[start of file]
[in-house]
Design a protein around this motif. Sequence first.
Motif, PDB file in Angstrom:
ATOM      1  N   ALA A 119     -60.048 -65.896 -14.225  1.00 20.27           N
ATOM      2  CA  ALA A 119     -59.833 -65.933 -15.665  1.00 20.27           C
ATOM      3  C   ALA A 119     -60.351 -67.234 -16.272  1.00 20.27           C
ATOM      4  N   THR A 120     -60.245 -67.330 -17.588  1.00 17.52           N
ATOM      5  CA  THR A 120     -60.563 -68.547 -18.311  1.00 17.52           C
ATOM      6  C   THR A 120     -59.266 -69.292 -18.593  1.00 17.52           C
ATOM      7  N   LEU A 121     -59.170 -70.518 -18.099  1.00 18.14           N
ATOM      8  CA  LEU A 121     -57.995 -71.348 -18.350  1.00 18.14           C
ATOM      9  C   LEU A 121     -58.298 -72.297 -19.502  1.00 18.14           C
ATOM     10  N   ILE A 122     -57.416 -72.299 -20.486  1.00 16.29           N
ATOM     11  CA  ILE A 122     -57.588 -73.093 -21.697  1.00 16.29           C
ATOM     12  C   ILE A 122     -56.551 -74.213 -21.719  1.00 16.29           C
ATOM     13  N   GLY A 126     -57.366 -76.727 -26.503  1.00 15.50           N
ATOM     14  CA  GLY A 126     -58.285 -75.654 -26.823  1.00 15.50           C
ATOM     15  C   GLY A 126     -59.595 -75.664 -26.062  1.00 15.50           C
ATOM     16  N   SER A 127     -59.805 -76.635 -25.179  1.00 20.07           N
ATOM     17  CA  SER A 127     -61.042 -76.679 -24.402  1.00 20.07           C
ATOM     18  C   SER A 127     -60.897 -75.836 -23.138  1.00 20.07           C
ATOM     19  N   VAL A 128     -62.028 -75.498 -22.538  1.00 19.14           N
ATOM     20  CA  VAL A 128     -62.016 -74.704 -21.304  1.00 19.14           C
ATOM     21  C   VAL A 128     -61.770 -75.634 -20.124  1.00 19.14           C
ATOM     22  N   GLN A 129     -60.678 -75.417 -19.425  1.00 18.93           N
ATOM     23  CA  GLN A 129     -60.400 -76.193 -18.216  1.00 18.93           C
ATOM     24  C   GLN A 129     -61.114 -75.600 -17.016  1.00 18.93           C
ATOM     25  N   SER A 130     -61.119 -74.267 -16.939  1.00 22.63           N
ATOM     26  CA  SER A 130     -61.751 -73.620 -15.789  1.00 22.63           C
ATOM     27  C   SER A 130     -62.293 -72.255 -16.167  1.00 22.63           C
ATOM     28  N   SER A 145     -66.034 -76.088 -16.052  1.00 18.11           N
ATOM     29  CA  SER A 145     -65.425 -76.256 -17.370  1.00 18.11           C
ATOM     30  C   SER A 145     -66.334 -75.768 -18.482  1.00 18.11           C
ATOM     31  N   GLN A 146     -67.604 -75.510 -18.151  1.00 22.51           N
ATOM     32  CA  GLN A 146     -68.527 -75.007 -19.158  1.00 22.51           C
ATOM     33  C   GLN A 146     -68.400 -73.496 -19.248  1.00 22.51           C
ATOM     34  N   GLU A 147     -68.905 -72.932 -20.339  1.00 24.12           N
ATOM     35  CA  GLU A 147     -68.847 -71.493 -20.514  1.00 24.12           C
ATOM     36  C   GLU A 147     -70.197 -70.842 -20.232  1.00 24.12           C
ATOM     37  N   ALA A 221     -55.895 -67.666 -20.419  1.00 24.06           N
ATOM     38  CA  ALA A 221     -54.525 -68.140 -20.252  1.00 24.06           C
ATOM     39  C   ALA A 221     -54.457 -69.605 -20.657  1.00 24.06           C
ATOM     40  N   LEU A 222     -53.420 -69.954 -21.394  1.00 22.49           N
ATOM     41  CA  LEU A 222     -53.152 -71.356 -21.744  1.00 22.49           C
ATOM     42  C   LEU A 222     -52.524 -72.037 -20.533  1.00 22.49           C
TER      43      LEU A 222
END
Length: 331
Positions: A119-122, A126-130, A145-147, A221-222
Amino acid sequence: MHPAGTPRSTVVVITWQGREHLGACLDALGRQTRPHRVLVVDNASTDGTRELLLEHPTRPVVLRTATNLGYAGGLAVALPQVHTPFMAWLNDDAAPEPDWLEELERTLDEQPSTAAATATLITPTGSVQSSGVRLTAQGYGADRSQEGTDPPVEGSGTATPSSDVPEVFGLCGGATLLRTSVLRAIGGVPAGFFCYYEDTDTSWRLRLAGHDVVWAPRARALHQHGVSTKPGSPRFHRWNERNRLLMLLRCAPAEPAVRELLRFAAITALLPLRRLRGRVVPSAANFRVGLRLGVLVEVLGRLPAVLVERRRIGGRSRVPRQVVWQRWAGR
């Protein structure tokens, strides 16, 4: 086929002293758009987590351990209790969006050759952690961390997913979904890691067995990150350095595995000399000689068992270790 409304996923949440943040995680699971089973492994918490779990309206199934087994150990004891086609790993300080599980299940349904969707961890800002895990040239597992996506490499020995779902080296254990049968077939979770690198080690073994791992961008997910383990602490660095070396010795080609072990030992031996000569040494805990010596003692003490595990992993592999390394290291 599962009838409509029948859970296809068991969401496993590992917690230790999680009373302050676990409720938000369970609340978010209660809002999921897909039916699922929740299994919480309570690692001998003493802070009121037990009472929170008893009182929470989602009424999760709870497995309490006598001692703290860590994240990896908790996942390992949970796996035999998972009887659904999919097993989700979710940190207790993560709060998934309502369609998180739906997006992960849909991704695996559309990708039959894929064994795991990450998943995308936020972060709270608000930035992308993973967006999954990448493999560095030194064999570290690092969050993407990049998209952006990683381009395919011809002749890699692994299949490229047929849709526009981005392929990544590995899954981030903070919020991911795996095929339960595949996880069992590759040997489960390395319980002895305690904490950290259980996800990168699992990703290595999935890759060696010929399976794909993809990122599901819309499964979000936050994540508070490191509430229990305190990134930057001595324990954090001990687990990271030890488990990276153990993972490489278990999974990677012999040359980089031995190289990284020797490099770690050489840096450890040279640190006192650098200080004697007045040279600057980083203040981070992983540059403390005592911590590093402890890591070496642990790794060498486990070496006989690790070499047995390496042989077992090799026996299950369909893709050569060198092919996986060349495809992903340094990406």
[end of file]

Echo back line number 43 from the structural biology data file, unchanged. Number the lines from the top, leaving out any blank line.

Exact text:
ATOM     40  N   LEU A 222     -53.420 -69.954 -21.394  1.00 22.49           N